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Ousting Blair – the unlikely partnership

December 23rd, 2005

    Can the Prime Minister survive 2006?

It was Peter Oborne in the Spectator earlier in the month who observed that David Cameron and Gordon Brown had an extraordinary shared strategic purpose – they both want Tony Blair out as soon as possible.

Brown’s desire to take what he regards as rightly his is probably the most documented political drama of modern times – and the longer he has to wait the greater the chance of something going wrong. Cameron’s desire to get Blair out of the way as soon as possible so he is facing Brown is only now becoming apparent.

Martin Kettle describes it like this is today’s Guardian: “Cameron has twin tactics for making the Conservatives electable. The first is to move the Tory party from the right to the centre. This week’s Guardian poll shows just how well that is going. ..the second tactic is equally simple. It is to get Blair out as soon as possible. Early days these may be, but those Cameronian embraces of Blair have a cold logic. The aim – aided and abetted by the Daily Telegraph’s rediscovered bias – is to divide Blair from his party in the hope that a Labour revolt will clear the Tories’ most formidable foe from their path. If Blair is forced out, Cameron will paint Labour as the enemy of change and reform. He will say that the Tories are the party that can achieve what Blair failed to do. And he may very well succeed. Because important parts of that message would be true.”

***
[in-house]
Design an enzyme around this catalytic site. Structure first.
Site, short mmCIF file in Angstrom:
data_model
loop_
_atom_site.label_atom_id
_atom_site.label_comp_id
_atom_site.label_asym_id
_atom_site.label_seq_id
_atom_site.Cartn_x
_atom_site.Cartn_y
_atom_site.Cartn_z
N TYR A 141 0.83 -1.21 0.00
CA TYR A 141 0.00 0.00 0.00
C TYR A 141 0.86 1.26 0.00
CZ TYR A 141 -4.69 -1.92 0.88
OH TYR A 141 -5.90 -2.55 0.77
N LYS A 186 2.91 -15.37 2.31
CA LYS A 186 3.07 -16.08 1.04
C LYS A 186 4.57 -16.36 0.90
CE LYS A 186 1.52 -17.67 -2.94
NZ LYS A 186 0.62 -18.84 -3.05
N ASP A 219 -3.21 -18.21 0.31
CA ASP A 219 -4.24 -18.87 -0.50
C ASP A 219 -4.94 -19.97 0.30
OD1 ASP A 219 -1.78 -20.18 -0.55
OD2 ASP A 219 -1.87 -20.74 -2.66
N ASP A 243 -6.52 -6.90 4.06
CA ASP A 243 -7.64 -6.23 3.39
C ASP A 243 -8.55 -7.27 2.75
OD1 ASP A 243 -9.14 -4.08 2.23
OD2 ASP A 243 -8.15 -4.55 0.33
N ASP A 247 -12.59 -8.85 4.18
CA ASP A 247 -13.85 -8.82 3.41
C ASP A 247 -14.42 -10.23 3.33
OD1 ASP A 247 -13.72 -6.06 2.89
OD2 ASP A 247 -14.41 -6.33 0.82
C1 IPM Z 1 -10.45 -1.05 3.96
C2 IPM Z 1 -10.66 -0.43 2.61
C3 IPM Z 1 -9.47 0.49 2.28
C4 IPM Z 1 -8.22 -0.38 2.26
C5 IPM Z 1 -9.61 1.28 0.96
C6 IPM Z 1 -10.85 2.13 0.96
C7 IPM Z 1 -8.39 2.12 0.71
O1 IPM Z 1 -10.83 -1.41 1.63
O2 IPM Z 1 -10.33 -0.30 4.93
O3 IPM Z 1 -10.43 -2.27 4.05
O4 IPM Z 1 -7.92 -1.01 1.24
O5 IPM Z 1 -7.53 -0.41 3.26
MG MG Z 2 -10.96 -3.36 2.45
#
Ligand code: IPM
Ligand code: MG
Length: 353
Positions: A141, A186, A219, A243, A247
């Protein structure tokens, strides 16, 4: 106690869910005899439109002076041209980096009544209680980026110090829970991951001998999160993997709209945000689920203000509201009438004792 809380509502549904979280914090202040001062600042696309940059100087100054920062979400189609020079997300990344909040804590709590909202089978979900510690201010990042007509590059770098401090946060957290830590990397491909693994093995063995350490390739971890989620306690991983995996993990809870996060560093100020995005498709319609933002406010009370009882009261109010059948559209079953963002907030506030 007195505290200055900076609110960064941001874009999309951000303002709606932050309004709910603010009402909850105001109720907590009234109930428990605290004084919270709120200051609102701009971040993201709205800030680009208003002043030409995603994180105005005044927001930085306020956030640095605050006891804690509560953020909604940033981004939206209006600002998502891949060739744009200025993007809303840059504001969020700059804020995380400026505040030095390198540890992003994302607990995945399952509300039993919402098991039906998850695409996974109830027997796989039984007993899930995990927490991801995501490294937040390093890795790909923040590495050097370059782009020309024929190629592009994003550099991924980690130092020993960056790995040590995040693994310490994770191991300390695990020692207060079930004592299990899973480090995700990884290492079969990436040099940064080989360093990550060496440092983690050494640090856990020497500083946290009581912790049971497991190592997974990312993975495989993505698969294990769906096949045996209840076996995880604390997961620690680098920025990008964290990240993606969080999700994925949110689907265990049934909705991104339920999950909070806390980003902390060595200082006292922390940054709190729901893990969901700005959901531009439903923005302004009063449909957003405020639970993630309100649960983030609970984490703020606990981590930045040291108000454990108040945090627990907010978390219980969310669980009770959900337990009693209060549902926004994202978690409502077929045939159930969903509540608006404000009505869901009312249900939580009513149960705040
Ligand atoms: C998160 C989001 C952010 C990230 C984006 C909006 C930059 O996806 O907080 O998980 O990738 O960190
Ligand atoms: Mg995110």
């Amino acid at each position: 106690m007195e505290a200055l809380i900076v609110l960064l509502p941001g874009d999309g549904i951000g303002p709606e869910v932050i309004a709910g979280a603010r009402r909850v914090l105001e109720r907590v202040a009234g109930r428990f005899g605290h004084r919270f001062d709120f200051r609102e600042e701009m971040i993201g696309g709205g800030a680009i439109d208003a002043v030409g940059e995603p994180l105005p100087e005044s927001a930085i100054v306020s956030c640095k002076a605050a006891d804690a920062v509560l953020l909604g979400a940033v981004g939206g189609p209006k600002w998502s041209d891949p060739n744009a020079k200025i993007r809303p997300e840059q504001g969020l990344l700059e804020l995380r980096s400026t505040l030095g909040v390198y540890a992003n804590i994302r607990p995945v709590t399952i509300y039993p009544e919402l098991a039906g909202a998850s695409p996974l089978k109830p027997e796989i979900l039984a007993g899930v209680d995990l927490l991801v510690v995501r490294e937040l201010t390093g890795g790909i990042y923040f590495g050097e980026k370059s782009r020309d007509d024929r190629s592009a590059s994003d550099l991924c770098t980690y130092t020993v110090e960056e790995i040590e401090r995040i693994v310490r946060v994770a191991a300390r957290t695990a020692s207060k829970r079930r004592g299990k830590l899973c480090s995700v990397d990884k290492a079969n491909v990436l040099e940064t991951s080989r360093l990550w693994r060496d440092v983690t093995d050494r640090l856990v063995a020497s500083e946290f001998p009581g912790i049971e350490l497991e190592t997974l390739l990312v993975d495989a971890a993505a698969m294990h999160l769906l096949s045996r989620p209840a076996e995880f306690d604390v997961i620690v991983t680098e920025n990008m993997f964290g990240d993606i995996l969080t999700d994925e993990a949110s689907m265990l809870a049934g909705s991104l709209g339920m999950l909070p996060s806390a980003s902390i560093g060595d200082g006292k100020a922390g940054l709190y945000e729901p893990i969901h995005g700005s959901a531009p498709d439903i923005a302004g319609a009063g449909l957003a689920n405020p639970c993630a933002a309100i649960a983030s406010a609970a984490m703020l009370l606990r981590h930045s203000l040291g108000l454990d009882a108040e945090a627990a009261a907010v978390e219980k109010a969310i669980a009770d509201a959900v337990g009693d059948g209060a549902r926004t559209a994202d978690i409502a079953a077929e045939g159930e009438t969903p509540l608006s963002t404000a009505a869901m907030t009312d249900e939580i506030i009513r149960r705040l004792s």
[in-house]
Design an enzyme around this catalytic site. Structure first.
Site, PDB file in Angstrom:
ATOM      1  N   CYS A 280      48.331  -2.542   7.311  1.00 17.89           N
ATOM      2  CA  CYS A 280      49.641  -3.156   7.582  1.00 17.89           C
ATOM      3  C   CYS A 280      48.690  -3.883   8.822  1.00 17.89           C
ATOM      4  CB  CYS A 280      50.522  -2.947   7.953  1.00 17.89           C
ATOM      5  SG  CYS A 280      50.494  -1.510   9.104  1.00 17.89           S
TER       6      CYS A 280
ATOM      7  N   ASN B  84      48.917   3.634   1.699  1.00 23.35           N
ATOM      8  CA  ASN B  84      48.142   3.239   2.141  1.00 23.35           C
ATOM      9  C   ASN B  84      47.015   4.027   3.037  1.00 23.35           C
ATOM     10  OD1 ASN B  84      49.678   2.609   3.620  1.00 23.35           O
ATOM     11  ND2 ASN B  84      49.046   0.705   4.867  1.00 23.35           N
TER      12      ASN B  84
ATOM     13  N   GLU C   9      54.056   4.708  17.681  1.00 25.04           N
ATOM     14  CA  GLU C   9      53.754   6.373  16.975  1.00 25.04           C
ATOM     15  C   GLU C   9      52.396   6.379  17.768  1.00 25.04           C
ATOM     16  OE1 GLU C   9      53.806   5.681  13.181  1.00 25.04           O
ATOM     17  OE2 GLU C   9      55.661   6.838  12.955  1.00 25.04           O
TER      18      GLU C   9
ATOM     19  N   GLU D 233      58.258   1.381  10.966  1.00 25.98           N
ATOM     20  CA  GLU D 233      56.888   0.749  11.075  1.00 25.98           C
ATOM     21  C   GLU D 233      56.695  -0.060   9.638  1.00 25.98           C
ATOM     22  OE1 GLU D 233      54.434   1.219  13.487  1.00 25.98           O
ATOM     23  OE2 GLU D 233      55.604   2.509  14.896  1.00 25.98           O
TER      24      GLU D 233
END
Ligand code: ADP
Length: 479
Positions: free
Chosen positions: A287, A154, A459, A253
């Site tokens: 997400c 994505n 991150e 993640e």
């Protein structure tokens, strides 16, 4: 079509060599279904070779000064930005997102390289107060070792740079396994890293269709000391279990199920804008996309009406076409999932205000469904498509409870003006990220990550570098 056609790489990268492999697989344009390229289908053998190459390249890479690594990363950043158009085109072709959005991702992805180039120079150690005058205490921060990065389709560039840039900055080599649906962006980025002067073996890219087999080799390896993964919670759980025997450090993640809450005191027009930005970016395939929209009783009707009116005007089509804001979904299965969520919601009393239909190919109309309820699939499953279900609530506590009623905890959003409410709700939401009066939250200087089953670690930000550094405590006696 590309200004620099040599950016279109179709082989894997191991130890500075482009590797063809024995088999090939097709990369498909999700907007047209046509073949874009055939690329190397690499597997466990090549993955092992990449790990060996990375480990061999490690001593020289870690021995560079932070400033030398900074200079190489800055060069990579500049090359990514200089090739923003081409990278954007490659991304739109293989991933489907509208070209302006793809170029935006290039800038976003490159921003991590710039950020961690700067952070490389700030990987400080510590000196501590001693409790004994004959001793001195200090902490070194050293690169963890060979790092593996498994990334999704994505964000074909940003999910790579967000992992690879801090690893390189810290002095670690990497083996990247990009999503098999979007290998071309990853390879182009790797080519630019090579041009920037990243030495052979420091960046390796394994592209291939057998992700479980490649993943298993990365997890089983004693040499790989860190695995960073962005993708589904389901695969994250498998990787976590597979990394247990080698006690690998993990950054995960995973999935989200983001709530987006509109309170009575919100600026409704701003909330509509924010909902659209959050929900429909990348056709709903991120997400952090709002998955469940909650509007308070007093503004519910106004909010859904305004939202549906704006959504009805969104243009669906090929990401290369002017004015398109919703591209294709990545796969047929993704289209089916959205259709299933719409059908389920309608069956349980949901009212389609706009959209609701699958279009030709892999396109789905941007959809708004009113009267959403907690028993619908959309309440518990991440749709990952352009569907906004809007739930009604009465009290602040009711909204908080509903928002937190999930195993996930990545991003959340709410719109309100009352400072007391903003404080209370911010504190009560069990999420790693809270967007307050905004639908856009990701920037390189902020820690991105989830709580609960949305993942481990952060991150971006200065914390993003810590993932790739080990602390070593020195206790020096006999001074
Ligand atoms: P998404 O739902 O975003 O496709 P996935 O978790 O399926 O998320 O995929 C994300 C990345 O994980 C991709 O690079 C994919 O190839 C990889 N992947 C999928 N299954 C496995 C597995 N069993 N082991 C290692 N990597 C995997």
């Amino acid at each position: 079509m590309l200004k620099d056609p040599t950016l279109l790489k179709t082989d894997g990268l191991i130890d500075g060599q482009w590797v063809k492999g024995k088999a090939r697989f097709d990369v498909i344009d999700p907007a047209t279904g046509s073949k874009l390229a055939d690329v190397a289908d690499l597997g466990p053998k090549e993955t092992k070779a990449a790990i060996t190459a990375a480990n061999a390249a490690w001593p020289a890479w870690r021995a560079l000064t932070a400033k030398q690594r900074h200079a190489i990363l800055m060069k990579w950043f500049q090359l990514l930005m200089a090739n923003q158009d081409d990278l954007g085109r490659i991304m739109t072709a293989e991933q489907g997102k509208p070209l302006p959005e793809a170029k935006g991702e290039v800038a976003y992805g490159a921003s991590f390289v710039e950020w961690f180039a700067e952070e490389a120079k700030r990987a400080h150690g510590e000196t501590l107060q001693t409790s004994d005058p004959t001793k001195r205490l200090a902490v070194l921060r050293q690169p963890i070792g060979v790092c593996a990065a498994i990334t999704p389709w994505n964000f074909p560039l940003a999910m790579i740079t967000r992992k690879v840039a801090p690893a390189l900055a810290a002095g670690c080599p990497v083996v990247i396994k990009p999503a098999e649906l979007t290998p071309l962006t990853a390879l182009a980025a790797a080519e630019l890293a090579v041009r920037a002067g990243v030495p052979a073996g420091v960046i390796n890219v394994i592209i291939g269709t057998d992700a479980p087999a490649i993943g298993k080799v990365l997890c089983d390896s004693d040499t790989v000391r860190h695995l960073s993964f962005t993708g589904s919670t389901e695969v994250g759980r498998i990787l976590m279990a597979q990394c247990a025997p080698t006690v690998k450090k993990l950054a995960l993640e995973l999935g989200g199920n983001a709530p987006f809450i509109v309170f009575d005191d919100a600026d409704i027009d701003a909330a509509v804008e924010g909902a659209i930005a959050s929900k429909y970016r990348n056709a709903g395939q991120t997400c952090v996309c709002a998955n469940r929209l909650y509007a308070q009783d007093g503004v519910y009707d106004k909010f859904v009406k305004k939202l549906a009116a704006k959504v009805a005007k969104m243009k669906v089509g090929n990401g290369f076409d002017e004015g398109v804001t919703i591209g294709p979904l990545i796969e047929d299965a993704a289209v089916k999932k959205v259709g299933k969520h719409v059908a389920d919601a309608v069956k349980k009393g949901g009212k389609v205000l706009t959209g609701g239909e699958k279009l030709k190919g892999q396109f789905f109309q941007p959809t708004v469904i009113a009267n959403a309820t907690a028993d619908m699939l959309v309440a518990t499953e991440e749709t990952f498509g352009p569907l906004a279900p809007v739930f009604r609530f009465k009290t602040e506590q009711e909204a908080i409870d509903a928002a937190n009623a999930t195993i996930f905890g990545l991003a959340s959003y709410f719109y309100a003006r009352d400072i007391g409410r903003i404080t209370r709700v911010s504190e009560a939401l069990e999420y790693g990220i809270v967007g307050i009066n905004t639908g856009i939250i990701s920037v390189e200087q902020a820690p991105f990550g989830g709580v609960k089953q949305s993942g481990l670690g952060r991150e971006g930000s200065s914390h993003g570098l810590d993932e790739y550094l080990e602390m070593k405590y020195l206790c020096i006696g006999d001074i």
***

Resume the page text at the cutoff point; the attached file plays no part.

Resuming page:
The Education Bill is the current big issue and the public expressions of unease by John Prescott show the challenge facing Blair. If he waters down the Bill he gets attacked by Cameron while if he doesn’t there’s the prospect of a big Labour rebellion.

Even if the Prime Minister skirts his way round this problem then other issues will emerge and he will face the same challenge again.

    But nobody ever got rich underestimating Tony Blair’s ability to survive.

Time and time again the betting markets have been indicating an early departure but each time Blair has bounced back. We’ve had going into the Iraq War without UN sanction, the Hutton Inquiry and the rebellion earlier in the year on tuition fees and in each case Blair came out on top.

For those, like me, who get pleasure in viewing politics as a spectator sport 2006 looks very promising. Will Blair survive? The form books indicates that he will but there’s a new Opposition Leader to deal with.

For betting on when Blair will go click here.

Mike Smithson






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